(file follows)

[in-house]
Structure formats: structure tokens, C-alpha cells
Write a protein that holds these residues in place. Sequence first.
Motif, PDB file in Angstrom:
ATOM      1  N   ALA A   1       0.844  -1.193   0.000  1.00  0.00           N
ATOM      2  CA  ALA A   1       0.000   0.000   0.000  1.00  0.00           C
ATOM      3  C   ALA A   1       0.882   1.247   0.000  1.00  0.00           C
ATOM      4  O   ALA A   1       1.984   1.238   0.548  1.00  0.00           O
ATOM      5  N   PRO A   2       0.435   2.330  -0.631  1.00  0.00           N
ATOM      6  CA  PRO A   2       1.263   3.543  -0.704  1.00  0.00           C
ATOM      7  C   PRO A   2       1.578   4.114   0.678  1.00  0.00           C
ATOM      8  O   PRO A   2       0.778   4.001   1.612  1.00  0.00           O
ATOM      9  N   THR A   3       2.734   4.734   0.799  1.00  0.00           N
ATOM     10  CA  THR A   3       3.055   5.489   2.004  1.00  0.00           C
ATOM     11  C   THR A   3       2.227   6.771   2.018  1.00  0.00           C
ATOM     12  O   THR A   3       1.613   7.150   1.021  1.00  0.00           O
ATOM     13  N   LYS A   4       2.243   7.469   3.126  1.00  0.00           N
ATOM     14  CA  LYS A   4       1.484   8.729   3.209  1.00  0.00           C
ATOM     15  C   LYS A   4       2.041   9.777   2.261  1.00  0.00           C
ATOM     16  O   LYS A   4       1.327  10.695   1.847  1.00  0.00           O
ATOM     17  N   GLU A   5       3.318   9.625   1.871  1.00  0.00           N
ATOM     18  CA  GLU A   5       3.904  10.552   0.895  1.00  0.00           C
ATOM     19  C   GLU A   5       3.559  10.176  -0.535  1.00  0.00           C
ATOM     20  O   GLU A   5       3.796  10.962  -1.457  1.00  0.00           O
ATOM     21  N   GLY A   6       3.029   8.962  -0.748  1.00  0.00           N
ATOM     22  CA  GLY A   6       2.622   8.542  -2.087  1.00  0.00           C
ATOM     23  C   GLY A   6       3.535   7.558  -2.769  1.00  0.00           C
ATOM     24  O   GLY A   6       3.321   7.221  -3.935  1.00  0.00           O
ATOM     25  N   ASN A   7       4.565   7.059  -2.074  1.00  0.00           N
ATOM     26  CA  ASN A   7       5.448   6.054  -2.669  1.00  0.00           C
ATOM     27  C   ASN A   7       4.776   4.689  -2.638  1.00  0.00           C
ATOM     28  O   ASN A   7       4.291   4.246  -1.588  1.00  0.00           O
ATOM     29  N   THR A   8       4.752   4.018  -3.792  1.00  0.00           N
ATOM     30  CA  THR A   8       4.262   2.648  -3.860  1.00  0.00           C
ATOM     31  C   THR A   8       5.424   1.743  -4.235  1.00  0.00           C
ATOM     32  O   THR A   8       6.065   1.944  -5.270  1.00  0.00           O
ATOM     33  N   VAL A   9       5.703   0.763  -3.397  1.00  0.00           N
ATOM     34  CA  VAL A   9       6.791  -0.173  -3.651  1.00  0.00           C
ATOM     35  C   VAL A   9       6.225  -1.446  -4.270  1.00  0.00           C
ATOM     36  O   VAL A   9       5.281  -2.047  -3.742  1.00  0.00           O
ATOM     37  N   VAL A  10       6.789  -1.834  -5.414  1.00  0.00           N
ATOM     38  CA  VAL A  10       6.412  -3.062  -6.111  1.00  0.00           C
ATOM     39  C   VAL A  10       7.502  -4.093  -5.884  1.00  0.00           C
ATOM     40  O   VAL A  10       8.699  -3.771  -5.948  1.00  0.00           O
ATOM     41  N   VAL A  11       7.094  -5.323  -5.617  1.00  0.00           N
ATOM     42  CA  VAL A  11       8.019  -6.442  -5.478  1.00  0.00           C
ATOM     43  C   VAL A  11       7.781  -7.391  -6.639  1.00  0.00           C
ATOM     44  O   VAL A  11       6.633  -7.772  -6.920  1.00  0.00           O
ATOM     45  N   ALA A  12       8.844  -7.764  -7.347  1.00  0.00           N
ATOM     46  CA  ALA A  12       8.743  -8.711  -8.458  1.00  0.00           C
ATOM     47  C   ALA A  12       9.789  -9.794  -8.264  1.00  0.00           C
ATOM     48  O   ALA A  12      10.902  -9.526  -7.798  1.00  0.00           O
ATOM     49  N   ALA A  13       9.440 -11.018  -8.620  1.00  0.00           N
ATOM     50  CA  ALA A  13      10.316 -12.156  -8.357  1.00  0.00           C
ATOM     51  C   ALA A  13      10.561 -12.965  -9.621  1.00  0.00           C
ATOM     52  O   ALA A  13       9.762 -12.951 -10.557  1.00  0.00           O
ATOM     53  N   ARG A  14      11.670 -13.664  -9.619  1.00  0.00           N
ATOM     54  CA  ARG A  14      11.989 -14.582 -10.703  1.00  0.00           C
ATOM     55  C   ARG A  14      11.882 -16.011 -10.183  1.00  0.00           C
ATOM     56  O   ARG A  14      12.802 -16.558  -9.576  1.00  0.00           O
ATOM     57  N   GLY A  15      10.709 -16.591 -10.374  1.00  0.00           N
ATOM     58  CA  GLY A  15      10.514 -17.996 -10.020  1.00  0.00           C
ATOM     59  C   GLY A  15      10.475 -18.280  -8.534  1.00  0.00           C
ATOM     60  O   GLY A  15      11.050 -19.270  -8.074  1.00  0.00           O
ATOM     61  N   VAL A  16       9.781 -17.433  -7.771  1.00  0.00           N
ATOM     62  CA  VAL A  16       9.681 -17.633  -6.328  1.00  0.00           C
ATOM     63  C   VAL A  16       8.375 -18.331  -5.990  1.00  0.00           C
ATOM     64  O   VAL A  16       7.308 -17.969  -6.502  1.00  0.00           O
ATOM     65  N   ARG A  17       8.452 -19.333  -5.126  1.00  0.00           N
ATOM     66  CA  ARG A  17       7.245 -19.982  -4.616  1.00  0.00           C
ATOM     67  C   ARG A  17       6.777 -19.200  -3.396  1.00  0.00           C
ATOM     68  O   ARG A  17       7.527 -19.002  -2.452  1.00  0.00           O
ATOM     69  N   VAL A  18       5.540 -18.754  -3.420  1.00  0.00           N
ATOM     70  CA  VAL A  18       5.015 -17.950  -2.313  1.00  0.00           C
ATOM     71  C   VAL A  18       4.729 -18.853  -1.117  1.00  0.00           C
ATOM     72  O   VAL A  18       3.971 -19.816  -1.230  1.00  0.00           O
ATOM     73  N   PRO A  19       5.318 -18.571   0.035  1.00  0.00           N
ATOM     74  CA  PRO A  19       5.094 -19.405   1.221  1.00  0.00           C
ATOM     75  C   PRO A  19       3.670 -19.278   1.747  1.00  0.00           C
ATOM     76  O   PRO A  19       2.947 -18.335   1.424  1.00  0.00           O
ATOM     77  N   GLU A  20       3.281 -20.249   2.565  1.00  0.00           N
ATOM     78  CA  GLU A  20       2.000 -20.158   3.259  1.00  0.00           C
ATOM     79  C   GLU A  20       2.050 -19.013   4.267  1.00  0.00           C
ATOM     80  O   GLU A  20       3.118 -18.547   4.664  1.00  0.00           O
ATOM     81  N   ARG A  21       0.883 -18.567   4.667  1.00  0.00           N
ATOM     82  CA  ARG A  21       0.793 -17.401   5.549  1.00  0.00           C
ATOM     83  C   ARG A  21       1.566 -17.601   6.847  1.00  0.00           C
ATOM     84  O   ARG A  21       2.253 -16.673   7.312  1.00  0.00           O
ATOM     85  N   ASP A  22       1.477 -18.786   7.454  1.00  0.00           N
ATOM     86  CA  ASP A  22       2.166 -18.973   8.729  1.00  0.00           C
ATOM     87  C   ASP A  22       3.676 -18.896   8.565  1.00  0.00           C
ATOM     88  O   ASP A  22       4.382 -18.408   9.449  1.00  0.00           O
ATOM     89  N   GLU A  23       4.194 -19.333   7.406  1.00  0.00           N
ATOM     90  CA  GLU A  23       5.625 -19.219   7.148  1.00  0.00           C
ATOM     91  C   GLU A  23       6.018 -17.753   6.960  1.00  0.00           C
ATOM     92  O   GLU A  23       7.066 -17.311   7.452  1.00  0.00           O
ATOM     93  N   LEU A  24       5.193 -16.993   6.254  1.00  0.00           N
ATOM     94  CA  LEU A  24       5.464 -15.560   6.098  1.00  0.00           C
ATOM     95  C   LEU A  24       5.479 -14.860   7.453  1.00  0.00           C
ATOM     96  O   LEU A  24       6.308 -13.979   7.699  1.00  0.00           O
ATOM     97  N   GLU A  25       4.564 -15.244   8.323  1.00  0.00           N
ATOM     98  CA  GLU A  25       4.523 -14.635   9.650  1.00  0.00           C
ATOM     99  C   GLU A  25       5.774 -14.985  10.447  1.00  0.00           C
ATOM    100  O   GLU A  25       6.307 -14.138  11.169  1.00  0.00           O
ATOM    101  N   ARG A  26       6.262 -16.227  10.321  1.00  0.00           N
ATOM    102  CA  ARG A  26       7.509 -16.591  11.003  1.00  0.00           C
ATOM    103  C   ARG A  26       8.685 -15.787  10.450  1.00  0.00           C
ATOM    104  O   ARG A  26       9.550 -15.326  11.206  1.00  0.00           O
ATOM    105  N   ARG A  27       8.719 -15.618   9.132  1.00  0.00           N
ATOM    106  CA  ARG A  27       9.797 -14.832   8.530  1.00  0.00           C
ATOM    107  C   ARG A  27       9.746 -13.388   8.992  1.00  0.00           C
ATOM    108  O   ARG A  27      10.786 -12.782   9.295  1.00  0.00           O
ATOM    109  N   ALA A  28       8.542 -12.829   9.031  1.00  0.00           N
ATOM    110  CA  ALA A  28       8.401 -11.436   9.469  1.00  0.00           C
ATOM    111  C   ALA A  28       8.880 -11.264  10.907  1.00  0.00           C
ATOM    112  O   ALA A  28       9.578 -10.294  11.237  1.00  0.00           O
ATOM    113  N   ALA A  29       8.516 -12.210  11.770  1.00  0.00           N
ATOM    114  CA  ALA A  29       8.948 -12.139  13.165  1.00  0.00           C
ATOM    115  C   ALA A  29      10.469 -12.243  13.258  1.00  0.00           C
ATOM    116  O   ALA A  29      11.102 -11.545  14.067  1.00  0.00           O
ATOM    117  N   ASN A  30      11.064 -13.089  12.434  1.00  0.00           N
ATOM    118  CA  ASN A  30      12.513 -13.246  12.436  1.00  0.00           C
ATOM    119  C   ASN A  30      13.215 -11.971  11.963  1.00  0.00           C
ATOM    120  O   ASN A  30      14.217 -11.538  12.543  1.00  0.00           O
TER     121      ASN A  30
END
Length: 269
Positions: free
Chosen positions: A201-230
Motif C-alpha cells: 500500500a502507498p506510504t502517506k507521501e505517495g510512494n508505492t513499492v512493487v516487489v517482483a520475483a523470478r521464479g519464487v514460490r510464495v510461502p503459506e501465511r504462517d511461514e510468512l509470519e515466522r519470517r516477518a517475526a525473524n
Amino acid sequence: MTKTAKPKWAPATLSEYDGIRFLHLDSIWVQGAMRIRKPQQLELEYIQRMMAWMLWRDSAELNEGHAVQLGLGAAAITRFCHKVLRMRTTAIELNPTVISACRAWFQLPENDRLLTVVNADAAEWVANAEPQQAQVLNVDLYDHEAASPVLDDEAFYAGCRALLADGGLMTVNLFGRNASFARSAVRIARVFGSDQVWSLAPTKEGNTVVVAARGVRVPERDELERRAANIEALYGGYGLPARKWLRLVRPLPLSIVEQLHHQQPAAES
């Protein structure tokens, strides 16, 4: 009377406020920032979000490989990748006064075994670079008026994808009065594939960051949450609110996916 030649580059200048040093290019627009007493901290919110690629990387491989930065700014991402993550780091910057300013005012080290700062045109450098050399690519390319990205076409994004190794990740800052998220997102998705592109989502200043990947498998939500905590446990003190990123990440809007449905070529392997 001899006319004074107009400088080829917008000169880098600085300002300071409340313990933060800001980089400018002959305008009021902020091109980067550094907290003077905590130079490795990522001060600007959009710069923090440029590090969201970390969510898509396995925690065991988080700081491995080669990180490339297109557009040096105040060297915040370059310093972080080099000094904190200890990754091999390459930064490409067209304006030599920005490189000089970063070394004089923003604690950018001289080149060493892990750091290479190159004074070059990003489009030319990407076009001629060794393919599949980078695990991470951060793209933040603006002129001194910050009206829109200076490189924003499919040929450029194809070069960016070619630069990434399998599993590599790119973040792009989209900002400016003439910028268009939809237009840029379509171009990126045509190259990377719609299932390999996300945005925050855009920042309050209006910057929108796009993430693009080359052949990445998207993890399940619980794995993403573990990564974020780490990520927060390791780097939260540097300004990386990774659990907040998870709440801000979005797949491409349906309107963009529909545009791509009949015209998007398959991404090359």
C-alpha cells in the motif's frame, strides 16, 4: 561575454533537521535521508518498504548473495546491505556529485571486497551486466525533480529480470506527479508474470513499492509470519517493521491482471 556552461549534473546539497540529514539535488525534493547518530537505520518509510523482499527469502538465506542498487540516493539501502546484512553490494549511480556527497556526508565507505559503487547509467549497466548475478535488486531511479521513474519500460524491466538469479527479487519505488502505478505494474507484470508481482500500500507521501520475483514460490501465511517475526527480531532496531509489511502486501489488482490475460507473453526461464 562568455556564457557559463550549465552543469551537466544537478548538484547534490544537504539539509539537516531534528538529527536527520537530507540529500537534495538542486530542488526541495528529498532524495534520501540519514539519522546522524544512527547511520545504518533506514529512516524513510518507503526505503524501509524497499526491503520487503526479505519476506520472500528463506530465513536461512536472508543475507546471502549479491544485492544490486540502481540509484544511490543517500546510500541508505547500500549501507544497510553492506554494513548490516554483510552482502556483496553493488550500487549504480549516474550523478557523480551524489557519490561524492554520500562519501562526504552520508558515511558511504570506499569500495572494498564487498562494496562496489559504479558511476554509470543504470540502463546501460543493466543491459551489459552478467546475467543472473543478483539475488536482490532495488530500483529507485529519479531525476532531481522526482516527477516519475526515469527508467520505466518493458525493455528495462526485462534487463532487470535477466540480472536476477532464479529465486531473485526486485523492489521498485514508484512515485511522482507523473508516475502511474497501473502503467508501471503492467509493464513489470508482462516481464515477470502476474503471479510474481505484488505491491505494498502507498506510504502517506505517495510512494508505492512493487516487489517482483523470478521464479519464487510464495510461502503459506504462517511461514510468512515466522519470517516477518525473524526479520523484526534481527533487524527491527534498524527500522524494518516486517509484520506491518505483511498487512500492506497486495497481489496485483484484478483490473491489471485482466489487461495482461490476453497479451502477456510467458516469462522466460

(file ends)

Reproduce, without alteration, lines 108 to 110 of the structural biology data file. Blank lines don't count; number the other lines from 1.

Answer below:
ATOM    104  O   ARG A  26       9.550 -15.326  11.206  1.00  0.00           O
ATOM    105  N   ARG A  27       8.719 -15.618   9.132  1.00  0.00           N
ATOM    106  CA  ARG A  27       9.797 -14.832   8.530  1.00  0.00           C